Dumfries. I felt my eyes dazzled and aching from gazing after the Poet's burning flight; whereupon I awoke, and found I had fallen asleep by the evening fire in my snug little Library. I had turned my face to my lamp; and it was this, and not the fiery flight of the Bard, that had awaked
The peculiar style of my dream may have been prompted by certain old traditionary things I had seen and heard in Galloway, where I had lately been on a visit. But I could not help smiling at the incongruities of my visionary interlocutors.
In these late years we certainly have not had the right proportion of those soft-dropping days which marked the Mays of my boyhood-so green, so balmy fresh. The
ever, in his
May of this year has been as dry and dusty as an antiquary ; the crimped and downy leaf of the budding beech scarcely ventured from its brown scaly shell ; while the ash, always a slow but manly fellow-most gracefully beautiful, howseason-stood as
and sullen as a six weeks' frost. June is now the May of our year; or rather she is
April and May and June commingled into one :"
is she, so tender; and yet so lush and leafy. A few days ago the Sun drove back the frosty clouds,
" And turned his face to the dew-dropping south."
All at once the pith of the year burst out; pleasant to the eye swayed the long heavy saplings; the cows, with their silky spotted sides as sleek as butter, waded ankle-deep in the flowery grass ; frogs jumped about ; and black snails had their evening walks.
Who does not remember the caustic denouncement by Sterne of the cant of criticism? Were it merely as a symptom of affectation in the individual who uses it, most richly would it still deserve the scorn of Shandy ; but when we see it blighting and blasting Literature and the Fine Arts, as it has so often done, it deserves still less to be spared. The cant of criticism has been especially pernicious in the fine department of painting. Nothing but the “ Old Masters” will go down with a certain set of monomaniacs, who would give any sum for a piece of spurious canvass, palmed off upon their ignorance on the banks of the Tiber or the Arno, while they would turn up their noses at a piece of genuine inspiration on the banks of the Thames or the Tweed. This mania, then, has fulfilled the double office of evil, by leading to the admiration of much trash, merely because it was foreign and passed for old, and by leading to an equal undervaluing of what was good, merely because it was new and of home production—thereby leading to a great discouragement of our native painters. From this cause, and from other circumstances, rene and silent Art" has of late been too much neglected in this country; and though Wilkie, and Allan, and Thomson have produced things that will live for ever in their immortal beauty, they have hardly yet convinced the country of the possibility and the policy of reviving the genius of the “ Old Masters” in her own gifted sons, simply by yielding them a due share of her praise and her patronage. Two or three years ago, this beautiful Art in Scotland seemed near its extinction. Not that we had not a few worthies whose fame was imperishable, and a few devoted young men whom no neglect could keep down ; but, upon the whole, so cold was the cloud of neglect under which the Art was kept, that gradually every star of enthusiasm must have gone out alone, without lending from its golden urn new light to new luminaries. It was pitiful to see so many fine ardent young men haunting all the summer the regions of Beauty, by hill, and sliding stream, and ancient wood, and “ chasms and watery depths," and grey eldritch ruins nodding to the moon; and presenting next spring on the walls of the Scottish Academy their composite dreams of loveliness to a country which carelessly admired, and bought nothing at all. Now, however, our Associations for the Encouragement of Painting are changing the state of matters altogether. Our young artists are stimulated to unusual exertions by the proud consciousness that their meritorious labours can no longer be overlooked or unrewarded; while the circumstance, that many pictures are yearly finding their way into every province of the country, is tending still more widely to diffuse a love of this divine Art, and is thus more than renewing the patronage by which our own native Muse of Painting shall for ever be upheld. Full of the buoyant confidence drawn from this new order of things, I have been happy to meet this summer, in our valley, many a young artist in quest of the Beautiful ; and being something of a sketcher mysuch meeting has been very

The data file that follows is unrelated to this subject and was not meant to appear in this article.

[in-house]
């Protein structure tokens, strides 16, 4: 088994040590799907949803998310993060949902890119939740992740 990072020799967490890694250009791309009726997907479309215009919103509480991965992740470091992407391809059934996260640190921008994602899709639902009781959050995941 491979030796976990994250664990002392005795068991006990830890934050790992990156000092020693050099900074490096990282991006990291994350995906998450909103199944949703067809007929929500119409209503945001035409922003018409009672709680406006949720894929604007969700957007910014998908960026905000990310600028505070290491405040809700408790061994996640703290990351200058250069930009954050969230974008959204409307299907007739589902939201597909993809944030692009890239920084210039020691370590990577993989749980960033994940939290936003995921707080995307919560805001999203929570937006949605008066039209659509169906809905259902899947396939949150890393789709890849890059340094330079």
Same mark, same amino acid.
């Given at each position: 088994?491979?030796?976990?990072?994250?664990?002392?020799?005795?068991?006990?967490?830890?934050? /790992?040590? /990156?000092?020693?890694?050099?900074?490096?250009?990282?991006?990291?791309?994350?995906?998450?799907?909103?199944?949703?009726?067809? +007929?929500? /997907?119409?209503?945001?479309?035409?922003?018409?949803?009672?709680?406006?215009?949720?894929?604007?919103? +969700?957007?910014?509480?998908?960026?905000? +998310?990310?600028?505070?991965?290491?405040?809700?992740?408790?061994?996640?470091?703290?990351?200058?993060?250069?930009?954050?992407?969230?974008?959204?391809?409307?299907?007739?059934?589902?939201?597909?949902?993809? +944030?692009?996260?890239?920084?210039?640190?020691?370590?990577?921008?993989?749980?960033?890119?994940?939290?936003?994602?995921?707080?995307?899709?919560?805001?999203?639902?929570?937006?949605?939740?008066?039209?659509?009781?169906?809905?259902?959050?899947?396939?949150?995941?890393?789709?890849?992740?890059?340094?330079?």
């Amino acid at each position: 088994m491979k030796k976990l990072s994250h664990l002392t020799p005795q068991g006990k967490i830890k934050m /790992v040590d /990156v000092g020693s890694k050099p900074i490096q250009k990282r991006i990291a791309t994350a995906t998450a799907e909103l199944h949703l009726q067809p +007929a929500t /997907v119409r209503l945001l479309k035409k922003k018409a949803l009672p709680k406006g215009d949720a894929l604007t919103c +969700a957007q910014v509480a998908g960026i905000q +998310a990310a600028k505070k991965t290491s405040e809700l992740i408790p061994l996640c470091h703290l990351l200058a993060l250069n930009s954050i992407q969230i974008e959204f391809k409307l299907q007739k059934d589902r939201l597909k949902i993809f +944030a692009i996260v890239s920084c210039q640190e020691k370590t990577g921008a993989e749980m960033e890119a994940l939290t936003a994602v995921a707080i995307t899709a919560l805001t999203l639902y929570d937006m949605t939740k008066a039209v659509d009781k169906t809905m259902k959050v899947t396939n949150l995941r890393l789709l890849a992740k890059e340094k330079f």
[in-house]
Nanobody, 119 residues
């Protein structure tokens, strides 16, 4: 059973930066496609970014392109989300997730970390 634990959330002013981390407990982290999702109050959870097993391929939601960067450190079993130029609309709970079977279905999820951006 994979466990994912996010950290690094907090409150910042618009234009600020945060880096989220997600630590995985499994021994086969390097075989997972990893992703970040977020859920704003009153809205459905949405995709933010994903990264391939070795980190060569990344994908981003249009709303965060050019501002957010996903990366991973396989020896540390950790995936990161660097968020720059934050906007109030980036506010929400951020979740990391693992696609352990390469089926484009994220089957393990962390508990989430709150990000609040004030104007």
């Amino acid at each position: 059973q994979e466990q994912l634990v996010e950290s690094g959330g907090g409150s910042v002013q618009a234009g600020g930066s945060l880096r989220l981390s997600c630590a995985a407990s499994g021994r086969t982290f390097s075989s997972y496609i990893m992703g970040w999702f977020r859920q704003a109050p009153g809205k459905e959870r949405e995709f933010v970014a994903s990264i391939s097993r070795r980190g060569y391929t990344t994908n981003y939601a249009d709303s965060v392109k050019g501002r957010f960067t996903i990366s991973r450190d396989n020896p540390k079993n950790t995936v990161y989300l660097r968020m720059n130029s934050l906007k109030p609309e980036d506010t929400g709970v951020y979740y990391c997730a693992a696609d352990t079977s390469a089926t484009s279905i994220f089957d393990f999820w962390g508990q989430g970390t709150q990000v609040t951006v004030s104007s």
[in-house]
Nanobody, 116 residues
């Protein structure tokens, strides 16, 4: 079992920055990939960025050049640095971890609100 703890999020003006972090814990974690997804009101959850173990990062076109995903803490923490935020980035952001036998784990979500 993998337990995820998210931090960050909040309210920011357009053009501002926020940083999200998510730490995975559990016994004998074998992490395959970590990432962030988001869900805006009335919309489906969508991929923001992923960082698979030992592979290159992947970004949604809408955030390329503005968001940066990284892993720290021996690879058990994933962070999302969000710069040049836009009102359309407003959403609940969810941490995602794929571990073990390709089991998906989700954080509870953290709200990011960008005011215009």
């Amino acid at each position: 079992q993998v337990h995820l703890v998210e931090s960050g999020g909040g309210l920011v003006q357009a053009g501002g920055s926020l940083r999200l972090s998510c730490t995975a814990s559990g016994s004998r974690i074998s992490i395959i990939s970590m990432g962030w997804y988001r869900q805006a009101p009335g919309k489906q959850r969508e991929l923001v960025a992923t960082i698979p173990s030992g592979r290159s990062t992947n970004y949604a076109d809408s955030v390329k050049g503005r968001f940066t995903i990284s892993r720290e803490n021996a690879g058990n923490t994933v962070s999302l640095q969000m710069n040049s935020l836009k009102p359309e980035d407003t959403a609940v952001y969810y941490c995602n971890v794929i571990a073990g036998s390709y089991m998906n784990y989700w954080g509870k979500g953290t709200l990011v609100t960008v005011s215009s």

56 the se
mind. My lines have fallen to me in pleasant places.” Sweet are our shy sequestered nooks of rural beauty. Nothing have we here of the portraiture of Nature in her savage and tempest-hurried aspects ; nothing of that extent of landscape which, in its far reaches of serene diffusion, fills